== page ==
History Lessons: In Defense of Financial Markets, Part 3 of 7
Free, unregulated financial markets serve the vital function of providing capital to the producers. Yet, through the ages, banking and other financial activities have been viewed as corrupt and exploitative. From the money-changers of the Middle Ages to the investment bankers of today financiers have been crippled by the hostility of looters.
In this course, given at the 1996 Second Renaissance Conference, Dr. Brook defends these victims. He methodically describes how financiers serve a vital role in the economy. Using the stock market to illustrate this principle, Dr. Brook explains the important economic role of speculators, the harmony of interest between short-term and long-term investors, and the objective nature of stock prices. In addition he defends hostile takeovers, leveraged buyouts, "junk" bonds and other financial innovations used extensively in the 1980s.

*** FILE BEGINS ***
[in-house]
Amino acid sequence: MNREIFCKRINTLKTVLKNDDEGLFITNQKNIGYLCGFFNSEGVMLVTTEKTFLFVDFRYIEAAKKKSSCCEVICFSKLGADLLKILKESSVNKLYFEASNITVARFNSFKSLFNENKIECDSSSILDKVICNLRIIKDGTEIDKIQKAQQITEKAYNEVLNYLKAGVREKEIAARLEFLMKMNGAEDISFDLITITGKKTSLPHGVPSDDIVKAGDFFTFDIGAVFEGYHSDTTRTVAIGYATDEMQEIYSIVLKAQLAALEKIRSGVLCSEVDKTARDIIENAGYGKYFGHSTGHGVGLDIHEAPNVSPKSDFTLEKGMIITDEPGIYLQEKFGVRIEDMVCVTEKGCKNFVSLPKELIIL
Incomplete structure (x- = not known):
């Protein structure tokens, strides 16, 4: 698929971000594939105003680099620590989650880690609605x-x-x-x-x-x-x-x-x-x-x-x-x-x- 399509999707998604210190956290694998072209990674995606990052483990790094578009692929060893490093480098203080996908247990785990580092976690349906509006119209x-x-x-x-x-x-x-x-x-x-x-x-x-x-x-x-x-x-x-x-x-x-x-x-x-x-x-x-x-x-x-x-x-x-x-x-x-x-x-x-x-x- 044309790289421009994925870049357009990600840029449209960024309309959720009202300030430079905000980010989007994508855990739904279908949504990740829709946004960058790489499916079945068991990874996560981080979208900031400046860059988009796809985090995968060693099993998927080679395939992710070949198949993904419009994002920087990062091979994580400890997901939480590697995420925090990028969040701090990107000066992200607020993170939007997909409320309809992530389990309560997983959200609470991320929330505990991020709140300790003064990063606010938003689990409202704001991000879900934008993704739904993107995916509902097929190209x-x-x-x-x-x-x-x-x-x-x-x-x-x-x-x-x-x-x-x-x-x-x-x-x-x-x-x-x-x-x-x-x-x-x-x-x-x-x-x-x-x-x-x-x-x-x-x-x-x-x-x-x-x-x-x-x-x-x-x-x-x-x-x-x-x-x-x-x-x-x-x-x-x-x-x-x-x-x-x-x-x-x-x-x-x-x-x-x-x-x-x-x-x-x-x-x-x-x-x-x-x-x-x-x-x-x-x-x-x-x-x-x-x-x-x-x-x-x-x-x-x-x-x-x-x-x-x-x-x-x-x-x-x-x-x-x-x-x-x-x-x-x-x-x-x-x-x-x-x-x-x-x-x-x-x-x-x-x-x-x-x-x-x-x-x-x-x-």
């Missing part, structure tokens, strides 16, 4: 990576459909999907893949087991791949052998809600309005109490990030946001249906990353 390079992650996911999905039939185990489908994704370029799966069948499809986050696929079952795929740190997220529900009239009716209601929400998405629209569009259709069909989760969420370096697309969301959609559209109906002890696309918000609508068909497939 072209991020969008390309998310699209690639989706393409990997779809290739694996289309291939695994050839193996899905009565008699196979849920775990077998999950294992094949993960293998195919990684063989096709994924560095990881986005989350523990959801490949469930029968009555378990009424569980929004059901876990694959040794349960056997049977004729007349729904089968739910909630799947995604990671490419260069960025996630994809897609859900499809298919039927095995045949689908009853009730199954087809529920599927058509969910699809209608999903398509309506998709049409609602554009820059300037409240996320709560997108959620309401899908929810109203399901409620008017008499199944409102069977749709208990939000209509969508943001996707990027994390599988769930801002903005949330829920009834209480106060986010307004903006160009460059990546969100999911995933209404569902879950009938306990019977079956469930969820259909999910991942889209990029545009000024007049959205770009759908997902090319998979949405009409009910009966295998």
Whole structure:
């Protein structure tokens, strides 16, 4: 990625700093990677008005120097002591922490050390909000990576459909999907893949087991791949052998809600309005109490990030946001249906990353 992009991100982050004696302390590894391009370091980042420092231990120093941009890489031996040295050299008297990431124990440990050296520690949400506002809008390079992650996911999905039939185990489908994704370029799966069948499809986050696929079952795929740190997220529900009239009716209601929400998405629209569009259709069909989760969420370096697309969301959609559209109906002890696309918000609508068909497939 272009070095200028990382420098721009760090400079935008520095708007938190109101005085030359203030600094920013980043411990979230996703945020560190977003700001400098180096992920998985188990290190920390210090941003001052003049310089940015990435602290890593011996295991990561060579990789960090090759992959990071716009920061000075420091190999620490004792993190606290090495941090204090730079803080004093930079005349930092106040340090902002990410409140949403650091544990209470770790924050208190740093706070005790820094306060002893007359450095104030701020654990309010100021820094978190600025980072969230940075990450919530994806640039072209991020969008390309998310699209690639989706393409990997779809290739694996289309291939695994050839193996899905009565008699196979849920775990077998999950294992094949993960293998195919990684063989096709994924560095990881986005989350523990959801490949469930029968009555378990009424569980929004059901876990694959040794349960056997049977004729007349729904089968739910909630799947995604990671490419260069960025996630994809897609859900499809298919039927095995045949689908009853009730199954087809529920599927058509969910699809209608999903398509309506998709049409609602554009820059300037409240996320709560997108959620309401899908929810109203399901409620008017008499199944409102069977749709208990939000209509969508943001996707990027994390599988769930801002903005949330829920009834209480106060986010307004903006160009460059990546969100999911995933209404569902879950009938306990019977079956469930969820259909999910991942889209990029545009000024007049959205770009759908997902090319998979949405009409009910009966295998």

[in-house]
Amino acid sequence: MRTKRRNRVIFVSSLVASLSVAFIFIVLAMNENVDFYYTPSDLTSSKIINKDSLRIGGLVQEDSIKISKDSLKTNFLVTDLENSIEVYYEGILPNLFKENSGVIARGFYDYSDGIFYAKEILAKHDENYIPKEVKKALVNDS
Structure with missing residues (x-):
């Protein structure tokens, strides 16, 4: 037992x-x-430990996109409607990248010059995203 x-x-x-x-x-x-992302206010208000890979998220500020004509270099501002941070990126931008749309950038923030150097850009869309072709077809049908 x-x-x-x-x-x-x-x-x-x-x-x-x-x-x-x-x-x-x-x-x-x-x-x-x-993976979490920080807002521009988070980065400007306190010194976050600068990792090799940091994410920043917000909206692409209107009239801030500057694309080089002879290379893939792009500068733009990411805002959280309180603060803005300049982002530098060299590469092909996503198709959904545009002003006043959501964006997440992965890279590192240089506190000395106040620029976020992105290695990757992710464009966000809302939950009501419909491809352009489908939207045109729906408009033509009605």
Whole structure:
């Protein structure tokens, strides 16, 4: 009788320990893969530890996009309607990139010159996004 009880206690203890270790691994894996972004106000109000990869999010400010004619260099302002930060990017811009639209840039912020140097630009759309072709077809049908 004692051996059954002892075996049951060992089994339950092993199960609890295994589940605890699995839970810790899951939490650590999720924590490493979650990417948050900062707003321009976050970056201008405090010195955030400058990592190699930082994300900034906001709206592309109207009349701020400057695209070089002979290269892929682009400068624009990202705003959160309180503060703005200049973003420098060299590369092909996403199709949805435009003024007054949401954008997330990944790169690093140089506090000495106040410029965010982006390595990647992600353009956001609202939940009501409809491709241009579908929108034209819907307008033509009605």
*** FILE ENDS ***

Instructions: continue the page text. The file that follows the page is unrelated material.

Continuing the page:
In the process, he delineates the philosophical ideas that make the attacks on financial markets possible. He defends the profit motive as the only moral and practical motive for financial transactions.
This course was recorded at the 1996 Second Renaissance Conference
Jul 02, 1996
Objectivist Conference Presentations
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